The Zuerch Lab at the University of California at Berkeley experimentally explores structural, carrier and spin dynamics in novel quantum materials, heterostructures and at material interfaces to answer current questions in materials science and physical chemistry. For this we pursue a multidisciplinary research program that combines the exquisite possibilities that ultrafast X-ray spectroscopy and nanoimaging offers and closely interface with material synthesis and theory groups. We employ state-of-the-art methods and develop novel nonlinear X-ray spectroscopies in our lab and at large-scale facilities. Specifically, we are interested in experimentally studying and controlling material properties on time scales down to the sub-femtosecond regime and on nanometer length scales to tackle challenging problems in quantum electronics, information storage and solar energy conversion.
Learn more about our research.
Solid-state high harmonic generation spectroscopy (sHHG) has emerged as a pivotal technique for delving into electronic structure, symmetry, and dynamics in condensed matter systems. In our latest manuscript, we introduce an advanced cryogenic sHHG spectrometer, uniquely designed with a vacuum chamber and a closed-cycle helium cryostat. With the aid of an in situ temperature probe, we’ve ascertained that the sample interaction region maintains cryogenic temperatures even during the application of high-intensity femtosecond laser pulses, which are responsible for generating high harmonics. Our approach paves the way for temperature-dependent sHHG measurements down to a few Kelvin. Such advancements in sHHG spectroscopy present a novel tool for investigating phases of matter that manifest at low temperatures, an area of particular intrigue for highly correlated materials.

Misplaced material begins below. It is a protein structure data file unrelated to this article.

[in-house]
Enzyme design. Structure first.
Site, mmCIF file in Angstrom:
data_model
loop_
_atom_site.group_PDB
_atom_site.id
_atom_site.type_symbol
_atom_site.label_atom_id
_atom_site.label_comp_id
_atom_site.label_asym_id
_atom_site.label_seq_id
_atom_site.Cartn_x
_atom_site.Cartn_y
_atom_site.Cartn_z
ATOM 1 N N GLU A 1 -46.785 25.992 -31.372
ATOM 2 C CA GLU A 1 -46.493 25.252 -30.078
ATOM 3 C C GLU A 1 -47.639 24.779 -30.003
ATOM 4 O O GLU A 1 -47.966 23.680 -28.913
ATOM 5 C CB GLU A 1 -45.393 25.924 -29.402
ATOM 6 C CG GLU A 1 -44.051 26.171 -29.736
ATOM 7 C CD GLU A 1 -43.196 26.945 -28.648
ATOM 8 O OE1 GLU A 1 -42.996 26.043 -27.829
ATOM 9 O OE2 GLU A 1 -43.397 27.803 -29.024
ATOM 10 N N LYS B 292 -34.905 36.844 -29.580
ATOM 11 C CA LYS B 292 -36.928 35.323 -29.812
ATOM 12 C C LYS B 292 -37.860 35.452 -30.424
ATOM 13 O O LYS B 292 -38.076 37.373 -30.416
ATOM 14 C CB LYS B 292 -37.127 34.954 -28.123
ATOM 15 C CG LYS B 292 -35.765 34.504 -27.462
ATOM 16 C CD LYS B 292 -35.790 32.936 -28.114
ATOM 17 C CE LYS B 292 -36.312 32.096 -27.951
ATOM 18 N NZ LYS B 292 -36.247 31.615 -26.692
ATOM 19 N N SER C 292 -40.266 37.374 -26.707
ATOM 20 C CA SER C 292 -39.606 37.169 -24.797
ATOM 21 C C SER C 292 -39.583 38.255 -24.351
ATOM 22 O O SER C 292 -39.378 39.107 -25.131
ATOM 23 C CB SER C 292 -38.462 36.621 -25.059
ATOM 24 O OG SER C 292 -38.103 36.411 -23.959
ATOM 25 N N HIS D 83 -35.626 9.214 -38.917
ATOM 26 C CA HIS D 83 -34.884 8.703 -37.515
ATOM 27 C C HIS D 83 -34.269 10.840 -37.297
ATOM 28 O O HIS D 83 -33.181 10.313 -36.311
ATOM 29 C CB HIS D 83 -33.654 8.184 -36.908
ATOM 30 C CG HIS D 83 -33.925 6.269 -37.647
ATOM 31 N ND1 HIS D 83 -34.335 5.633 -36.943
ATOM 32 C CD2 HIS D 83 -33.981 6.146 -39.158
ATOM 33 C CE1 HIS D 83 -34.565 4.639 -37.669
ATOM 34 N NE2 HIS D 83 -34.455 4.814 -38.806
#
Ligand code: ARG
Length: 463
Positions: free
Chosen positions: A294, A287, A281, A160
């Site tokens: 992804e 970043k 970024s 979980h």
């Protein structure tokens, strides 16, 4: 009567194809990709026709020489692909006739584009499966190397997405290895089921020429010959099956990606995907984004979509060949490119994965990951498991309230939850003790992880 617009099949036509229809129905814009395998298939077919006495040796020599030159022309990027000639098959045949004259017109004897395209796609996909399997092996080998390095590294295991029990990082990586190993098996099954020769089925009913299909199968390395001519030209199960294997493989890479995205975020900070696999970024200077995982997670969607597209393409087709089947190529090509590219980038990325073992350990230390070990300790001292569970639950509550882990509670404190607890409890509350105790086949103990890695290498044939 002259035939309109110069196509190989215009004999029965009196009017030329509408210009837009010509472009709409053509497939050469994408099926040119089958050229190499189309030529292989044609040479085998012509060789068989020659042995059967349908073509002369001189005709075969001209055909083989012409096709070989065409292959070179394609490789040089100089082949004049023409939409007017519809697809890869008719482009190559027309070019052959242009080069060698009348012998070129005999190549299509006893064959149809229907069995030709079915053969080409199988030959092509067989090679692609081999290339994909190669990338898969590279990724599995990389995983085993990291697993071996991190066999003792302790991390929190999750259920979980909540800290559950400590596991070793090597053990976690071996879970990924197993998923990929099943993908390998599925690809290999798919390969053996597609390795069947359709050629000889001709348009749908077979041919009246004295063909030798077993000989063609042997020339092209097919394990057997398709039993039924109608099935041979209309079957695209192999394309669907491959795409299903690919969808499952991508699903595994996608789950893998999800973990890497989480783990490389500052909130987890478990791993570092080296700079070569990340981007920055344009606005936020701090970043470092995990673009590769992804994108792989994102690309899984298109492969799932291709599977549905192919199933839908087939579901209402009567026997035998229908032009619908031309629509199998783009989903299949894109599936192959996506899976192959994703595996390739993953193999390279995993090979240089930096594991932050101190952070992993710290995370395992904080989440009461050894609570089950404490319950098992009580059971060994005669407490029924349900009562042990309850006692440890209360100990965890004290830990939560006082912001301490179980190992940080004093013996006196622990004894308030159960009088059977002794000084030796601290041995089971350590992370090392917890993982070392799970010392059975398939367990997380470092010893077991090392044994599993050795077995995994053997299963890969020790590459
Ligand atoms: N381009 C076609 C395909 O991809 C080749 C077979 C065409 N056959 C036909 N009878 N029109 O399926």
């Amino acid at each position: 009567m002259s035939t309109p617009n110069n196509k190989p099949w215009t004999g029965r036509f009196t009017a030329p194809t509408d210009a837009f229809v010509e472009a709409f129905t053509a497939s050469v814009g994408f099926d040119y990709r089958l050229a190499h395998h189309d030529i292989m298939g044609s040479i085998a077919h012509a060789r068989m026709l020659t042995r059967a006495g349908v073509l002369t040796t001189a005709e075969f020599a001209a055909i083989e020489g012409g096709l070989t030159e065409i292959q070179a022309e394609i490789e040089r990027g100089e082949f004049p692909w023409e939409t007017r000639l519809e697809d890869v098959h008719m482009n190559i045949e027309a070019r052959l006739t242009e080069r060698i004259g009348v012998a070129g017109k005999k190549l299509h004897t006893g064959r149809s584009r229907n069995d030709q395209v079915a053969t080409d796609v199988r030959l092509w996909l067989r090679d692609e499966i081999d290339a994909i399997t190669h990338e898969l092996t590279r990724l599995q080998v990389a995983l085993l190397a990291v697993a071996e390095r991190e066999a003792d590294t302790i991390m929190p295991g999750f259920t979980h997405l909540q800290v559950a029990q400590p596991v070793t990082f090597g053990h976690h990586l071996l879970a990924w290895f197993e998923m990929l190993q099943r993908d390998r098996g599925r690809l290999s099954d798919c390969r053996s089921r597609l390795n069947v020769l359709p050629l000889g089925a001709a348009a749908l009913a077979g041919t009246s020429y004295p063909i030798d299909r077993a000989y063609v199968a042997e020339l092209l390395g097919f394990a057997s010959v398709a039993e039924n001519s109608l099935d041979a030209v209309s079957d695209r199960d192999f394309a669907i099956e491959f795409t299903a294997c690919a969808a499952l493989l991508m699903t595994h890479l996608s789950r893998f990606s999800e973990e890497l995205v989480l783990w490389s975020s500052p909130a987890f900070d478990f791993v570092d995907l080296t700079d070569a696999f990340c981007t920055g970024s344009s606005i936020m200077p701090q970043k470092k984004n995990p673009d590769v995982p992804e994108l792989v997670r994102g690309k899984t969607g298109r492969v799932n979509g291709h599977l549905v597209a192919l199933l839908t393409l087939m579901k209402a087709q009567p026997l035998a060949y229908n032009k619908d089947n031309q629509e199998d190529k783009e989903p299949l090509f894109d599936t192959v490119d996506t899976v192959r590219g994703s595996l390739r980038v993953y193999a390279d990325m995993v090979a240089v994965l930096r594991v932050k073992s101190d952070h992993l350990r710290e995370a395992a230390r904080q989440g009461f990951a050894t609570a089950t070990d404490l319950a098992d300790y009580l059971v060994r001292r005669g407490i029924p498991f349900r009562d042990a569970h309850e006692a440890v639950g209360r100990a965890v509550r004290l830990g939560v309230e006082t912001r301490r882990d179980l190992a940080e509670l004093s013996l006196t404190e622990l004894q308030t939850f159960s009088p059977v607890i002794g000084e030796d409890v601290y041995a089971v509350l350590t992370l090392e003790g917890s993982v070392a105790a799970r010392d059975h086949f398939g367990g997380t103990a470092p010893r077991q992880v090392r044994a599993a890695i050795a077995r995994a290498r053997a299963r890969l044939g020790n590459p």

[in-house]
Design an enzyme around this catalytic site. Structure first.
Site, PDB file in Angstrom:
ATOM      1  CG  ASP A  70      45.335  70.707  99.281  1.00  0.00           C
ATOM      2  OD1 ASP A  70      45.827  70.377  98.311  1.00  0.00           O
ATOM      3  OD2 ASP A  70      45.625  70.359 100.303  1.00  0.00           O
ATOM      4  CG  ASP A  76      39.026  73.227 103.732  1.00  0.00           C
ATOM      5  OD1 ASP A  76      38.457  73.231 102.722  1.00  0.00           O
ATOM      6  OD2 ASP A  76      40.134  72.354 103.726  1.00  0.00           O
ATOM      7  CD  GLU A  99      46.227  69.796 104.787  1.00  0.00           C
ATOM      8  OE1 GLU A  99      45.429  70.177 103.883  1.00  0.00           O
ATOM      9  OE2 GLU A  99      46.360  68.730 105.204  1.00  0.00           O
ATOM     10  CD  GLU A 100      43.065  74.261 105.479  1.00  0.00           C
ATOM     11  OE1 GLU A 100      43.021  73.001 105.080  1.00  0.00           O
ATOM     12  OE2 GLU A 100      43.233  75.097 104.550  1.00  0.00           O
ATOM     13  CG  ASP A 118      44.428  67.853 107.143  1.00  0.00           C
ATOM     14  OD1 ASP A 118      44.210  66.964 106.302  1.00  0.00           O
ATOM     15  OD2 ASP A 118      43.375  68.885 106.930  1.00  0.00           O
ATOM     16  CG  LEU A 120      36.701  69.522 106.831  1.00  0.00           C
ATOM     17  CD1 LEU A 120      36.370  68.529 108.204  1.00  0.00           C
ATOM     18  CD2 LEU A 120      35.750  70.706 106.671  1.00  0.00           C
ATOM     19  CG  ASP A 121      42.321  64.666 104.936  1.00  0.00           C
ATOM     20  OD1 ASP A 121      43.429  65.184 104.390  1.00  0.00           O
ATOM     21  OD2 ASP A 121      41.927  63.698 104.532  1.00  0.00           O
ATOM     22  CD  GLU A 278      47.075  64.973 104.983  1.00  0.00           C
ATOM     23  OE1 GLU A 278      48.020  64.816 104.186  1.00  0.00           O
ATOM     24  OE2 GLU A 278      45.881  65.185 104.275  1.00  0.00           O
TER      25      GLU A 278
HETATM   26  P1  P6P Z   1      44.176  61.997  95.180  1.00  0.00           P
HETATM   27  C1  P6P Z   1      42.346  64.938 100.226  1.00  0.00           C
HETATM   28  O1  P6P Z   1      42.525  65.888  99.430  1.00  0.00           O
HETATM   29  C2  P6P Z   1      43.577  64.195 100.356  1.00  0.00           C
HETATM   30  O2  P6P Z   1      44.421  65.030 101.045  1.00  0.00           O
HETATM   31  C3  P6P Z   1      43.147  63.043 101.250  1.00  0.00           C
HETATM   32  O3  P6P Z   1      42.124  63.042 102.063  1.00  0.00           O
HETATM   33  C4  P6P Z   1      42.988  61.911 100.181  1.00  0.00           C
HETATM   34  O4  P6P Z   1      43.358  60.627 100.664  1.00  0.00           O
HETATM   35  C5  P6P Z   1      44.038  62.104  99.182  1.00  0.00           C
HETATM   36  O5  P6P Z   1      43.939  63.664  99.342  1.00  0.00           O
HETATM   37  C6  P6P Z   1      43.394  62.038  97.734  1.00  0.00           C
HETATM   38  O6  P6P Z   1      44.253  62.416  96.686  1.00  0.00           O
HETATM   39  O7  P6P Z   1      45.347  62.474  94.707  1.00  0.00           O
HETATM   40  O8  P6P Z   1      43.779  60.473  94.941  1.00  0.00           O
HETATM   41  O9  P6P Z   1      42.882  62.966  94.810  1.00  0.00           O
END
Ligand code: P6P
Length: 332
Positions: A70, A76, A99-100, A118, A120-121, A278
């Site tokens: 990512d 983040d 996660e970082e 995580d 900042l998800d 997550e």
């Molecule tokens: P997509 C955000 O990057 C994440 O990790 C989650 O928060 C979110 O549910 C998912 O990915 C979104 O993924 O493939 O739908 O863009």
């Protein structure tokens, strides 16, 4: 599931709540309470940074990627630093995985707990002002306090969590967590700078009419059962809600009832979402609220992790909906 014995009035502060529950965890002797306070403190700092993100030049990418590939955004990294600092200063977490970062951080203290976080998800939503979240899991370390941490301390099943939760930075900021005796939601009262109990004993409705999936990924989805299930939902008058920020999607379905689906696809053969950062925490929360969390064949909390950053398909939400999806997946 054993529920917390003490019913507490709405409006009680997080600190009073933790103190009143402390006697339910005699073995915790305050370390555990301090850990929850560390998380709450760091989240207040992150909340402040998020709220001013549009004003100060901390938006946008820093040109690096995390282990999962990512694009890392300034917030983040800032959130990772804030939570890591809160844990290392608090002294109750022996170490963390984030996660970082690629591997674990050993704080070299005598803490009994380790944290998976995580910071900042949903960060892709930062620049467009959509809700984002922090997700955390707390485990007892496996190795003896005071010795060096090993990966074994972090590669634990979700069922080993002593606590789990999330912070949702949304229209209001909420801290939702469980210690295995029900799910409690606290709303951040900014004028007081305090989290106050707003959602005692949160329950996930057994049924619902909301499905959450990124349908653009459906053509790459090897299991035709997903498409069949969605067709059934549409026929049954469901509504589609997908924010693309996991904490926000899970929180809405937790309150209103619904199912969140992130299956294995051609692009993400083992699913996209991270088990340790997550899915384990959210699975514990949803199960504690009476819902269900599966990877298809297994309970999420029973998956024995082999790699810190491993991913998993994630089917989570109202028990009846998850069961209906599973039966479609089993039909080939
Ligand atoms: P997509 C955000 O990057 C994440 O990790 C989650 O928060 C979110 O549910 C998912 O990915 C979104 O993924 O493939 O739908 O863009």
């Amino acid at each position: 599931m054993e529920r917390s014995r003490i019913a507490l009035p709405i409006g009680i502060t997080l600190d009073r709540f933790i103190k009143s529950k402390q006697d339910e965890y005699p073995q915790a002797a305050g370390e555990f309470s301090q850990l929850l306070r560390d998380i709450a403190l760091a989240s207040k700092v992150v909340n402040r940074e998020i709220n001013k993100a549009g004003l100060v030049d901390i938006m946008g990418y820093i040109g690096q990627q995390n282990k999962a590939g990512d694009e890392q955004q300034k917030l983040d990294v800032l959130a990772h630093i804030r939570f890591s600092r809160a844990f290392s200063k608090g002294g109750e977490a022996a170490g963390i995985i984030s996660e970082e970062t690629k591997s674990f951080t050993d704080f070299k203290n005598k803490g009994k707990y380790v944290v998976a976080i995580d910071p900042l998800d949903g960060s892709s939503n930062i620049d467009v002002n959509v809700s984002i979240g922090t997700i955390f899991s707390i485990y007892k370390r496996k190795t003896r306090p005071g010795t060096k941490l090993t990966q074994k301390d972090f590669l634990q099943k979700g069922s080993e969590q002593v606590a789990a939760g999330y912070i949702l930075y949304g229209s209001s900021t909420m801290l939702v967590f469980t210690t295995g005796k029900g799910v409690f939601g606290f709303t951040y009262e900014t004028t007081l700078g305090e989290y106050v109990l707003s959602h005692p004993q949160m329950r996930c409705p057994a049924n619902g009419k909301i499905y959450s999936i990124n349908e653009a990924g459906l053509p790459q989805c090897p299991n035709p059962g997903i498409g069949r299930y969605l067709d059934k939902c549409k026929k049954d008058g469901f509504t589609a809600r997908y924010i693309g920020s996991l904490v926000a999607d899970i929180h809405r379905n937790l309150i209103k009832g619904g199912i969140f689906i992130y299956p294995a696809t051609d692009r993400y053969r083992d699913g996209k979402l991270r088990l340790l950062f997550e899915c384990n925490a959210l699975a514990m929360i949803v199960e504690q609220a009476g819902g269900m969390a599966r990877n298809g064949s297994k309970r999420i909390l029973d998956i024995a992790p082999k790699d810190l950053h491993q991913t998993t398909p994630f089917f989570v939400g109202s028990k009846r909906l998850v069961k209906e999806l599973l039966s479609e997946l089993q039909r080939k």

Pre-print is available here: https://arxiv.org/abs/2309.01049
Our group welcomes Prof. Dean Smith from the University of Nevada, Las Vegas. Dean is a frequent collaborator of our group on applications of high pressure science probed with nonlinear spectroscopies and will be visiting our group for the next year.
We are excited to share that Michael was among this year’s awardees of the prestigious DOE Early Career Research Program Award. In this 5-year award on the topic “Ultrafast mechanisms of chirality control in electronic materials” we will use new capabilities of our attosecond instrument in combination with facilities at SLAC to study control mechanisms of chiral order in quantum materials.
College of Chemistry press release:
Press release from the Department of Energy can be found here: